But more likely is #2.
Almost all records have some warpage, which is amplified at 33 1/3 rpm, or 0.5 hz. (33.3 cycles per second/60 seconds per minute = 0.555)
Plus there are various imperfections in the surface. Say there are three imperfections - they will be played back at 1.5 hz.
OR, many records don’t have the spindle hole punched exactly in the center - another source of 0.5 hz.
In all of these subsonic cases, the amp will be pushing or pulling at very low frequencies, which will stress it. And the woofer will be struggling to produce an in-phase signal while the woofer moves in or out, with large excursions.
The simplest form of speaker distortion is the Doppler Effect, but there are other phase-shift effects that will affect the sound you hear. Muddied is a good description.
That’s why amps of vinyl vintage had subsonic filters, usually switchable. And they usually acted below 10 hz. Simple solution (if the slope of the filter didn’t introduce too much phase shift of its own).
In the vinyl era, rumble filters were different from subsonic filters. Rumble filters were designed to mask bearing noise, which occurs in the audible range. Using them eliminates audible sound - better to get rid of noisy bearings.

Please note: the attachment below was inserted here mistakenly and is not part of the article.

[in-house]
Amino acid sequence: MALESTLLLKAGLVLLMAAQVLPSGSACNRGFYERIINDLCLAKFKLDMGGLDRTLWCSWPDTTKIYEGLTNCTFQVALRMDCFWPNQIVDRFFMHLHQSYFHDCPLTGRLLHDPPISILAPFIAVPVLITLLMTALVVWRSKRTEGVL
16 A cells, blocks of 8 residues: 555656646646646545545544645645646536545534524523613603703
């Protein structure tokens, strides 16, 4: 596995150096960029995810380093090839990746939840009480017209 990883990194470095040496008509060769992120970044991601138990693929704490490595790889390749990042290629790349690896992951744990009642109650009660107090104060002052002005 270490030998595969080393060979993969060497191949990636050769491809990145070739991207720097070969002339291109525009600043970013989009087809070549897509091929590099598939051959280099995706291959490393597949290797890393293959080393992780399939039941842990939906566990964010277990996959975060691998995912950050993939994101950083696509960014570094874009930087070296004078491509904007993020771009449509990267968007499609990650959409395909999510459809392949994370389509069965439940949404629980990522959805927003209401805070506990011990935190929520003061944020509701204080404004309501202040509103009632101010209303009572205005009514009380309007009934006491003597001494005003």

Subsonic filters were strictly for eccentric recordings. You could actually see the woofer moving in and out at 33 1/3 hz - I thought it looked like they were breathing.
Different problems, different solutions.
I'm almost going to guarantee your problem is acoustic feedback from the sub. I know, because I had the exact same problem, and the way you're describing it was exactly how I would describe it. (And my turntable was also on a very stable surface, a granite countertop.) The way to know for sure is if you have another source besides analog (like digital), if the muddiness is there with both, then yes you may need to look into proper EQ for the sub, but if it's only the vinyl, then its feedback.